Depreciation for the converted property

2 Replies

Hi Folks,
Let's say I have a primary that I bought in 2000 and I started renting it out in 2010.
Question:
- is the depreciation calculation is started from 2000 or 2010 ?
- let's say by 2020, I want to change the method of calculating depreciation, meaning If I use the appraisal method, I found the depreciation number is higher rather than using the tax method which I've been using so far. Can I change the method of taking depreciation after so many years? is it allowed? if yes what's the mechanism? 
- when selling, is the IRS only checking schedule E depreciation item only? 
- In scenario where I move back to the house in 2020 live there for 5 years until 2025, and rent it again after 2025, how's the depreciation is calculated in this case ? will it continue from 2020 or a new fresh start ?

@Carlos Ptriawan

1. Depreciation starts in 2010

2. You depreciate the amount you paid for it in 2000. You seem to believe that you can depreciate the higher amount per appraisal, but you cannot. It does not matter what the property was worth in 2010 (unless it was worth LESS than what you paid for it in 2000.)

3. If there's some other reason to change depreciation going back to 2010, you can do it, but the procedure is complicated and requires professional help.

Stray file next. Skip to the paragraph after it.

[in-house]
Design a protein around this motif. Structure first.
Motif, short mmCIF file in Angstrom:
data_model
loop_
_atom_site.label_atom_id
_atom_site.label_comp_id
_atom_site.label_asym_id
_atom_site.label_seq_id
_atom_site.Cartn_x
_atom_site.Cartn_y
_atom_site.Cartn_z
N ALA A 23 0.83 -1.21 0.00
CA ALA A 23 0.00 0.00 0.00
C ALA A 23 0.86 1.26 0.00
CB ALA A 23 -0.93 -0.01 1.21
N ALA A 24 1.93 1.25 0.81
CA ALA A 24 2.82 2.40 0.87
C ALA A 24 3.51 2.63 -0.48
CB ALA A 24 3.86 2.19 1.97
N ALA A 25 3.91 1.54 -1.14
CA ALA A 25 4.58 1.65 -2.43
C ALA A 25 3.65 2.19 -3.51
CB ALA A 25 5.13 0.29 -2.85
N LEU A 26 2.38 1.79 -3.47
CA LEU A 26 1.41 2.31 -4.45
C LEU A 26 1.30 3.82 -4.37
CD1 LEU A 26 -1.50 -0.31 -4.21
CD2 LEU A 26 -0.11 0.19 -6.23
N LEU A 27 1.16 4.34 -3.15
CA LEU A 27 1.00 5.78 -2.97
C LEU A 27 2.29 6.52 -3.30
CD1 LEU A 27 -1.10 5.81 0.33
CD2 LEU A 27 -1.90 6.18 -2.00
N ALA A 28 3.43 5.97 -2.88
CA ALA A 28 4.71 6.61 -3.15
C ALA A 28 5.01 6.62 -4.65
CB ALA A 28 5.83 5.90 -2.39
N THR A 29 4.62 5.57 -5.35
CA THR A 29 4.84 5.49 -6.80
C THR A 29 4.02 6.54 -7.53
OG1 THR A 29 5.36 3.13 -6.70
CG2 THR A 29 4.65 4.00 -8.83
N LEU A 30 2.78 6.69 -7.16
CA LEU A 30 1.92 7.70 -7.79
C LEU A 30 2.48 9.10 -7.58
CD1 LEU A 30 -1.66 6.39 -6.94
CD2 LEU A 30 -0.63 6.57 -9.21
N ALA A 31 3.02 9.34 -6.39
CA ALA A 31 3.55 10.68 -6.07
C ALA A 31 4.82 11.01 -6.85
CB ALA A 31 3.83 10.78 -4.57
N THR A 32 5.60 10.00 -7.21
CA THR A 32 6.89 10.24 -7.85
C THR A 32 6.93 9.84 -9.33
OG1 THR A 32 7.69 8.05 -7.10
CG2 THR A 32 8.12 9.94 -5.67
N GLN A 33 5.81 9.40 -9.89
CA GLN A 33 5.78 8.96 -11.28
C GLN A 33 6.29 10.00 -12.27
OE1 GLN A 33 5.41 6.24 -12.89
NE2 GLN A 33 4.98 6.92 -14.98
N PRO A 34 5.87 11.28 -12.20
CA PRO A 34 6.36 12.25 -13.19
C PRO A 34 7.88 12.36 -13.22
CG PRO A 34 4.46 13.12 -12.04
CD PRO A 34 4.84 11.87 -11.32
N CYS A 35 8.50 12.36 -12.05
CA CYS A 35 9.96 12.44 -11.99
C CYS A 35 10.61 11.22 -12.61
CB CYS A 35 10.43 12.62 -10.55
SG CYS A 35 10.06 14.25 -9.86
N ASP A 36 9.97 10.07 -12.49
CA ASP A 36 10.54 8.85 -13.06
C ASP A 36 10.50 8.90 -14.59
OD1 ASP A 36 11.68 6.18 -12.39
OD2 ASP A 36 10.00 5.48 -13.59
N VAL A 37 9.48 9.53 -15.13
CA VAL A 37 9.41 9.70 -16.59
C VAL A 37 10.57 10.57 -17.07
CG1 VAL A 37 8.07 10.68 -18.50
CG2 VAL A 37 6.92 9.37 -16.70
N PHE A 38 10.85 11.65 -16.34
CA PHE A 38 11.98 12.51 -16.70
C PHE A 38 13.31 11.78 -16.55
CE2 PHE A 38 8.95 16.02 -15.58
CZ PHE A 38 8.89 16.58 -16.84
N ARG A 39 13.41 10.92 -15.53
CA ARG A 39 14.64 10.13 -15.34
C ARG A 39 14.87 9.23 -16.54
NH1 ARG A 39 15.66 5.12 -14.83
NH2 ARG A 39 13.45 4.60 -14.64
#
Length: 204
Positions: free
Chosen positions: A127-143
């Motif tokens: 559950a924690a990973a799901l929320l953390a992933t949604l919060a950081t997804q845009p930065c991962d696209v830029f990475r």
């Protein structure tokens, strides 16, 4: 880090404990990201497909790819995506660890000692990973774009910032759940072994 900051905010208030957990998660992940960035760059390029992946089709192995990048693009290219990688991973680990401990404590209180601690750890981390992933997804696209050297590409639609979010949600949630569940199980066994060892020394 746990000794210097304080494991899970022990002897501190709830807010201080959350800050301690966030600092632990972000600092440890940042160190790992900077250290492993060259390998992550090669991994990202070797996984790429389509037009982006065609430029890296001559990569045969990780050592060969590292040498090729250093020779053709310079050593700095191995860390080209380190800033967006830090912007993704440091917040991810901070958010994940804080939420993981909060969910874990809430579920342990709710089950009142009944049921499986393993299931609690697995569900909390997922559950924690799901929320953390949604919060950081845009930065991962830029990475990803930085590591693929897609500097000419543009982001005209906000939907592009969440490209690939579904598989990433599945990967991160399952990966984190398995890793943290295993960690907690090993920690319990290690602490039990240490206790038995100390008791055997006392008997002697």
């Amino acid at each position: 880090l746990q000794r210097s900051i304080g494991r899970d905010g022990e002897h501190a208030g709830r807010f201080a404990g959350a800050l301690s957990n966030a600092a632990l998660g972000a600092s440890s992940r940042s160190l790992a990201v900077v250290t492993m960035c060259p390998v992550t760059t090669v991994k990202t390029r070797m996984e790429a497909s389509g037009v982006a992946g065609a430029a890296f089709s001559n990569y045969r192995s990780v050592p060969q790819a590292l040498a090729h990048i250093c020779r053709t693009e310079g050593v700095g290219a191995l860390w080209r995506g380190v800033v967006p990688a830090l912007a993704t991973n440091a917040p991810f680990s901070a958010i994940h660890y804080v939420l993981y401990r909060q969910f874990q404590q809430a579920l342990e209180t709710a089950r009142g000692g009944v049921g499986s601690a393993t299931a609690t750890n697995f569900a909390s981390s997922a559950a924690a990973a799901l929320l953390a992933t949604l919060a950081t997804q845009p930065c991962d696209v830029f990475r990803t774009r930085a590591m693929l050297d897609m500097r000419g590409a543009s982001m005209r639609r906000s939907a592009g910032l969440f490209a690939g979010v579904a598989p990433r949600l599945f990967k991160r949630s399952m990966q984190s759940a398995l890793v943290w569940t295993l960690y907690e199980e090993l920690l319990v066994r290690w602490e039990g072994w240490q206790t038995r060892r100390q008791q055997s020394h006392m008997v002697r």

4. When you sell, you pay taxes on all depreciation you took between 2010 and the date of sale. You (your software or your CPA) calculate this amount on your end. The IRS does not know it unless you're audited. Then the IRS will make you prove your calculation.

Originally posted by @Michael Plaks :

@Carlos Ptriawan

1. Depreciation starts in 2010

2. You depreciate the amount you paid for it in 2000. You seem to believe that you can depreciate the higher amount per appraisal, but you cannot. It does not matter what the property was worth in 2010 (unless it was worth LESS than what you paid for it in 2000.)

3. If there's some other reason to change depreciation going back to 2010, you can do it, but the procedure is complicated and requires professional help.

4. When you sell, you pay taxes on all depreciation you took between 2010 and the date of sale. You (your software or your CPA) calculate this amount on your end. The IRS does not know it unless you're audited. Then the IRS will make you prove your calculation.

 Beautifully said.